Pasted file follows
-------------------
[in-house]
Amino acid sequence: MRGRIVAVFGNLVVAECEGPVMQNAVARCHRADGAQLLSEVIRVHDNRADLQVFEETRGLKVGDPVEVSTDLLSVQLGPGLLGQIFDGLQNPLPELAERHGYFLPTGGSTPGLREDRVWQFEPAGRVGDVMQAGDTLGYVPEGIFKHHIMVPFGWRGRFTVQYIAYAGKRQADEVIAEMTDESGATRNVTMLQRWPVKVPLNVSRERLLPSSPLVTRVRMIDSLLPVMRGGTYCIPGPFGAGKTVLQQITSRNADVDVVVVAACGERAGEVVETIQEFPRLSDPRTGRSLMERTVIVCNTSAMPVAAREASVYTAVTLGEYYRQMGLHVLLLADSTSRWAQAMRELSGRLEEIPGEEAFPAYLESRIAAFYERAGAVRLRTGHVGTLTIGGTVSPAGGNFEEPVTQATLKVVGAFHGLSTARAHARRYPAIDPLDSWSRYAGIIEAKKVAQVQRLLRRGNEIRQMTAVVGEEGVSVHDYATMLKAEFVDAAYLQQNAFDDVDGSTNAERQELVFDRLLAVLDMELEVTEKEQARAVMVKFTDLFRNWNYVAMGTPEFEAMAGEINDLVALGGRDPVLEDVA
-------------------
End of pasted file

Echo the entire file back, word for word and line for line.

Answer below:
[in-house]
Amino acid sequence: MRGRIVAVFGNLVVAECEGPVMQNAVARCHRADGAQLLSEVIRVHDNRADLQVFEETRGLKVGDPVEVSTDLLSVQLGPGLLGQIFDGLQNPLPELAERHGYFLPTGGSTPGLREDRVWQFEPAGRVGDVMQAGDTLGYVPEGIFKHHIMVPFGWRGRFTVQYIAYAGKRQADEVIAEMTDESGATRNVTMLQRWPVKVPLNVSRERLLPSSPLVTRVRMIDSLLPVMRGGTYCIPGPFGAGKTVLQQITSRNADVDVVVVAACGERAGEVVETIQEFPRLSDPRTGRSLMERTVIVCNTSAMPVAAREASVYTAVTLGEYYRQMGLHVLLLADSTSRWAQAMRELSGRLEEIPGEEAFPAYLESRIAAFYERAGAVRLRTGHVGTLTIGGTVSPAGGNFEEPVTQATLKVVGAFHGLSTARAHARRYPAIDPLDSWSRYAGIIEAKKVAQVQRLLRRGNEIRQMTAVVGEEGVSVHDYATMLKAEFVDAAYLQQNAFDDVDGSTNAERQELVFDRLLAVLDMELEVTEKEQARAVMVKFTDLFRNWNYVAMGTPEFEAMAGEINDLVALGGRDPVLEDVA